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The Herald-Sun (Durham, N.C.)
DURHAM — Charlotte Hornets rookie P.J. Hairston, the troubled former North Carolina guard known for sticking 3-pointers, struck a high school player during a game of pick-up basketball at the Downtown Durham YMCA on Sunday, according to the Durham County Magistrates Office.
Hairston, 21, is charged with misdemeanor assault and battery, Durham County Chief Magistrate Don Paschall said.
Northern rising senior forward Kentrell Barkley, 17, said Hairston socked him.
Barkley threw the first punch, Hairston's agent said.
That's not the Barkley who Northern coach Ronnie Russell said he knows.
"That's not his character," Russell said. "He never displayed anything out of character."
Barkley is one of those players who puts moves on guys, finishes at the rim and generally drops his head and runs back to play defense.
"Junk talking, rag talking, he never did that," Russell said.
Hairston is more flamboyant. He's got crazy range on his 3-ball and will let everybody in the gym know it, too.
But Hairston lately appeared more subdued after UNC declared him ineligible for the 2013-14 season because he accepted impermissible benefits.
Those benefits had to do with Hairston last summer driving cars linked to convicted felon Haydn "Fats" Thomas. Hairston picked up some speeding tickets in those cars, not to mention getting dinged for misdemeanor possession of marijuana and driving without a license. The latter charges ended up getting dropped.
"I want to make this clear, I DID NOT HIT PJ OR THROW ANY PUNCHES!" Barkley wrote on his Twitter page.
Video footage from the YMCA contains the truth, Barkley said.
Downtown Durham YMCA Executive Director Forrest Perry said, "In order to respect the privacy of the parties involved in this incident, we are unable to comment on this situation."
There is no warrant for Hairston's arrest. Durham Police Department officers showed up at the YMCA and advised Barkley to tell his version to a magistrate. Barkley presented a case that was strong enough to generate charges against Hairston, who is due in Durham County District Court on Aug. 8.
Hairston practiced during the Hornets' minicamp Monday. The Miami Heat made him the 26th pick in last month's NBA draft before trading him to Charlotte. Hairston (6-6, 230) played in the NBA Development League this past season.
The Hornets released a statement saying no one from the organization right now would elaborate on what happened between Hairston and Barkley.
Shortly after 5:30 p.m. Sunday, Hairston was on one of the YMCA basketball courts telling a teammate that Barkley only could make moves to the left and to play him to the right, said Vince Phillips, who was in the gym.
Barkley informed Hairston that he'd just finished going right, Phillips said.
So Hairston got the basketball and screamed down the floor, deliberately hitting Barkley in the forehead on the way to the rim, Phillips said.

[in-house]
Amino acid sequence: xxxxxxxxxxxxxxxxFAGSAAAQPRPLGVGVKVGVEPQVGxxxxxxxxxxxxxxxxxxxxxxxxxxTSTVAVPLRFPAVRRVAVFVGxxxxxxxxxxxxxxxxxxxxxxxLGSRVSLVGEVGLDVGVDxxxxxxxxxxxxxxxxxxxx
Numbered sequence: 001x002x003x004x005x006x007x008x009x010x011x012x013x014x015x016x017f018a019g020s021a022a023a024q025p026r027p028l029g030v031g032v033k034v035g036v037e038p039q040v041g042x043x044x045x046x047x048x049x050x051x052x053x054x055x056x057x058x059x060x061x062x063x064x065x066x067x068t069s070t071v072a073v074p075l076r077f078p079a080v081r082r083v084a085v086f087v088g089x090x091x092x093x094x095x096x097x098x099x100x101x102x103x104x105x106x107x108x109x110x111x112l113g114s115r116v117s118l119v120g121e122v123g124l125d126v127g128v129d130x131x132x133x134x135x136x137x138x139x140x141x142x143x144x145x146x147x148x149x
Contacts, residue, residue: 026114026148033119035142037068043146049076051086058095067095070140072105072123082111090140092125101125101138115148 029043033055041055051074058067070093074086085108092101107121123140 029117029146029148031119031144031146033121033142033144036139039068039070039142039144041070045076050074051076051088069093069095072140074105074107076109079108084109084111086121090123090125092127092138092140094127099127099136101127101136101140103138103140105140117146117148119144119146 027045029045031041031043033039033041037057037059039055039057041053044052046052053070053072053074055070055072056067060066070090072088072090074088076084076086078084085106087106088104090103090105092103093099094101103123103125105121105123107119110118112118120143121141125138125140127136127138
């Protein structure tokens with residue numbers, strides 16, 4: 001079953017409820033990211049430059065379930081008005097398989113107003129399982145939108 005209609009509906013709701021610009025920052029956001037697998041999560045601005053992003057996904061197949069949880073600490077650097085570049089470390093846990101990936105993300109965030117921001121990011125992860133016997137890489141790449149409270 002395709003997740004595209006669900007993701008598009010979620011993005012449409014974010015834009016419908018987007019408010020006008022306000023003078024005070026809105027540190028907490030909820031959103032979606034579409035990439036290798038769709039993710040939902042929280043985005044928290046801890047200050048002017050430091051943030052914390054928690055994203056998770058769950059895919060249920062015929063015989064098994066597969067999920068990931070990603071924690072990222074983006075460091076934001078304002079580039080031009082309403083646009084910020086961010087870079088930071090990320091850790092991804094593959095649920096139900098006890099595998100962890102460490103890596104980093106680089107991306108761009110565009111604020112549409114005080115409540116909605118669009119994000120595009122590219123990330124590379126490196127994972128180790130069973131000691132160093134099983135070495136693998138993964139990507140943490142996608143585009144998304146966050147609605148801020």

Hairston scored, by the way, Barkley said.
Barkley asked Hairston why he hit him, and Hairston cocked back and unloaded on Barkley one more time before dashing out of the gym with one of his running buddies, Phillips said.
"Kentrell was in no way at fault here," Phillips said. "There was nothing he could have done differently - except took it easier on him."
Barkley's less-talented teams got several wins against the squads led by Hairston, Phillips said.
Phillips, 19 and a friend of Barkley, played basketball for Southern High School and said he attends Coastal Carolina University in South Carolina on an academic scholarship.
Barkley was doing his thing out there on the court, easily one of the best players in the gym, along with Hairston, Phillips said.
"Just playing basketball," Barkley said. "There was no junk talking or anything. We didn't argue. (The punch) was just out of nowhere."
This past season during the state's 4-A high school basketball playoffs, Buzz Peterson, UNC-Wilmington's coach at the time, was in Northern's gym when Apex High School beat the Knights. Barkley (6-5, 190) scored 18 points that night. He's also getting recruited by East Carolina, Murray State, Louisiana Tech and Cincinnati.
Filing charges against Hairston is not about getting paid by an NBA player or taking on Hornets owner Michael Jordan and the UNC Nation, both Phillips, a UNC fan, and Barkley said.
"It's not even like that," Barkley said. "I just want to know why he hit me."
Barkley goes to school at J.D. Clement Early College High School, an affiliate of Durham Public Schools that is housed on the campus of N.C. Central University. No sports are offered at Clement, which allows students to graduate with college credits.
Pressing charges against Hairston is about Barkley's name being cleared so his opportunities to play college ball aren't blocked, Phillips said.
Barkley: "I just want to do the right thing."
The teenager's coach has his eye on the situation.
"I'm concerned about how he's dealing with it emotionally, mentally and all that stuff," Russell said. "I hope it doesn't affect him. He's a great guy. He's a great leader."
Hairston left practice Monday without speaking to the media but through a statement released by the Hornets apologized to the franchise and its fans. He didn't mention Barkley.